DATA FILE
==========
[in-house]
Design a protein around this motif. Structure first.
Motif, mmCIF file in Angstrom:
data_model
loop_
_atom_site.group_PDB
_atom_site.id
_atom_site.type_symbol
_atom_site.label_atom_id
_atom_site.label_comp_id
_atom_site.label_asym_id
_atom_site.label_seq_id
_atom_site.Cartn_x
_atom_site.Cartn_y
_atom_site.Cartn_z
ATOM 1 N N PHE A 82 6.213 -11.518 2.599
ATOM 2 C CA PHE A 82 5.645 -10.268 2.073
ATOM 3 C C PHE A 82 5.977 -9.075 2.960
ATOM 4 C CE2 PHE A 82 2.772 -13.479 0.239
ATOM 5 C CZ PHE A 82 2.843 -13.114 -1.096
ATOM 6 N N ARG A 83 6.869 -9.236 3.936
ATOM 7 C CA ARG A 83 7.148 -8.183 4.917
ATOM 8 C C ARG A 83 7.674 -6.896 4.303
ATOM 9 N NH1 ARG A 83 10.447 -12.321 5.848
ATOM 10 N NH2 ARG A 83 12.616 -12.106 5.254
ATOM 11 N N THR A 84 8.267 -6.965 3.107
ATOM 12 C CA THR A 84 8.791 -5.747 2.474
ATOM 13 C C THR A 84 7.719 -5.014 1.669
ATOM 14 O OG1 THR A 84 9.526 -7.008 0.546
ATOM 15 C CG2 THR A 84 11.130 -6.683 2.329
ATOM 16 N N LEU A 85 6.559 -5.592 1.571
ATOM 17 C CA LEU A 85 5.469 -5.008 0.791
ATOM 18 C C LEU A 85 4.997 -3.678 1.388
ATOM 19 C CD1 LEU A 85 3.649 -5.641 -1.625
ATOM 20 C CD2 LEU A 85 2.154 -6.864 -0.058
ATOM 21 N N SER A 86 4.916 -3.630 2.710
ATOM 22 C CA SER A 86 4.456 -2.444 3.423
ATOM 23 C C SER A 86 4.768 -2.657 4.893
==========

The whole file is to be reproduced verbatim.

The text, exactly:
[in-house]
Design a protein around this motif. Structure first.
Motif, mmCIF file in Angstrom:
data_model
loop_
_atom_site.group_PDB
_atom_site.id
_atom_site.type_symbol
_atom_site.label_atom_id
_atom_site.label_comp_id
_atom_site.label_asym_id
_atom_site.label_seq_id
_atom_site.Cartn_x
_atom_site.Cartn_y
_atom_site.Cartn_z
ATOM 1 N N PHE A 82 6.213 -11.518 2.599
ATOM 2 C CA PHE A 82 5.645 -10.268 2.073
ATOM 3 C C PHE A 82 5.977 -9.075 2.960
ATOM 4 C CE2 PHE A 82 2.772 -13.479 0.239
ATOM 5 C CZ PHE A 82 2.843 -13.114 -1.096
ATOM 6 N N ARG A 83 6.869 -9.236 3.936
ATOM 7 C CA ARG A 83 7.148 -8.183 4.917
ATOM 8 C C ARG A 83 7.674 -6.896 4.303
ATOM 9 N NH1 ARG A 83 10.447 -12.321 5.848
ATOM 10 N NH2 ARG A 83 12.616 -12.106 5.254
ATOM 11 N N THR A 84 8.267 -6.965 3.107
ATOM 12 C CA THR A 84 8.791 -5.747 2.474
ATOM 13 C C THR A 84 7.719 -5.014 1.669
ATOM 14 O OG1 THR A 84 9.526 -7.008 0.546
ATOM 15 C CG2 THR A 84 11.130 -6.683 2.329
ATOM 16 N N LEU A 85 6.559 -5.592 1.571
ATOM 17 C CA LEU A 85 5.469 -5.008 0.791
ATOM 18 C C LEU A 85 4.997 -3.678 1.388
ATOM 19 C CD1 LEU A 85 3.649 -5.641 -1.625
ATOM 20 C CD2 LEU A 85 2.154 -6.864 -0.058
ATOM 21 N N SER A 86 4.916 -3.630 2.710
ATOM 22 C CA SER A 86 4.456 -2.444 3.423
ATOM 23 C C SER A 86 4.768 -2.657 4.893